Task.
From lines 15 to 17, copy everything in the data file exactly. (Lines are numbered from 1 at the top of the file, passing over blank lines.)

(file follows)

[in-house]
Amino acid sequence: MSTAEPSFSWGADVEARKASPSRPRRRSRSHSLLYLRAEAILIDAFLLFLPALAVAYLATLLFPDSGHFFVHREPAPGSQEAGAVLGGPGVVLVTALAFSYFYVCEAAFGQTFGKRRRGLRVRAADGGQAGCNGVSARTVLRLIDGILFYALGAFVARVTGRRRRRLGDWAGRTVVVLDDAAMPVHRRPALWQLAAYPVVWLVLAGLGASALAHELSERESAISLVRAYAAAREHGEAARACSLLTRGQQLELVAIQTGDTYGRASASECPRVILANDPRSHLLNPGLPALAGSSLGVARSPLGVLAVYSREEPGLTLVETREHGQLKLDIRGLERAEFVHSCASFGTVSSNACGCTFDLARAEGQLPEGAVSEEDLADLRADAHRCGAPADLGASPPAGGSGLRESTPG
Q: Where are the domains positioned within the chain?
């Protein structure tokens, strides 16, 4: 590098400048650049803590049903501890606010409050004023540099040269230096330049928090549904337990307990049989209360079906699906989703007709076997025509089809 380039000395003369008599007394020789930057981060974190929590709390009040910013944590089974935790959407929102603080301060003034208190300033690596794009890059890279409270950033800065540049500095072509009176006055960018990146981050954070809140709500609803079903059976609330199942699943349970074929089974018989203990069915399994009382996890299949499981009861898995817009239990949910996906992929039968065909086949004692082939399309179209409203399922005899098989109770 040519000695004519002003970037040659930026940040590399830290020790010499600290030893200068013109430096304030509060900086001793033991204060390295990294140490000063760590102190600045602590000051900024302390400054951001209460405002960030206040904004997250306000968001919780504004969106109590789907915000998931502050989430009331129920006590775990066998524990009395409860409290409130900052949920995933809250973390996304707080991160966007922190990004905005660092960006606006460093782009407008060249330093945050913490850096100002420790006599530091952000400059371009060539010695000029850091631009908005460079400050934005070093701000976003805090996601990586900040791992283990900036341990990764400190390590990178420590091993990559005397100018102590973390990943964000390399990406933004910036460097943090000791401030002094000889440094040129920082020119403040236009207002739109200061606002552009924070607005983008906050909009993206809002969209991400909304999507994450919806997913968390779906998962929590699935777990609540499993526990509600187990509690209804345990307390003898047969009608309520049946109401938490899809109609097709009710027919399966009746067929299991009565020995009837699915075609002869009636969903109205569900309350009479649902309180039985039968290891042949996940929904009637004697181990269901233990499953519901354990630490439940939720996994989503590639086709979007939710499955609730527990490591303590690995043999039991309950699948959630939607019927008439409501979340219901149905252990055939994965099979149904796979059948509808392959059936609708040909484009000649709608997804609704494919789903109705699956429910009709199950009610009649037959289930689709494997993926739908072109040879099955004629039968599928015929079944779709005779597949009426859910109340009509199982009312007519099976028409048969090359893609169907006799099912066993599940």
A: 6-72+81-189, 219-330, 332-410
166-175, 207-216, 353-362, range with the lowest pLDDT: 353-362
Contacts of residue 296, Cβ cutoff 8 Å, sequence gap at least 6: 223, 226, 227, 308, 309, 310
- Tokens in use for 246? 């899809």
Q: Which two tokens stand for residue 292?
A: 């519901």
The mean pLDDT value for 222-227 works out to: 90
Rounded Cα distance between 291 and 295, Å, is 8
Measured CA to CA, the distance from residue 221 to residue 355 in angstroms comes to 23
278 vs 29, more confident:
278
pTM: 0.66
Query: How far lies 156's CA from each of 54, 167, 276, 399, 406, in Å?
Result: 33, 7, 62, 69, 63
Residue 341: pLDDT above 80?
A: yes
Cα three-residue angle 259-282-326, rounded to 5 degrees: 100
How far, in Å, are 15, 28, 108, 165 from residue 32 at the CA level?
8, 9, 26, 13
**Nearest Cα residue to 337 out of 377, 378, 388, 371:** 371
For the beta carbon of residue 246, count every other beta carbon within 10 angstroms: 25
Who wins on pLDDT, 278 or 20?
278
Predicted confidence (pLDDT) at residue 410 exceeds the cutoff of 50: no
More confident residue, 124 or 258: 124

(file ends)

278
pTM: 0.66
Query: How far lies 156's CA from each of 54, 167, 276, 399, 406, in Å?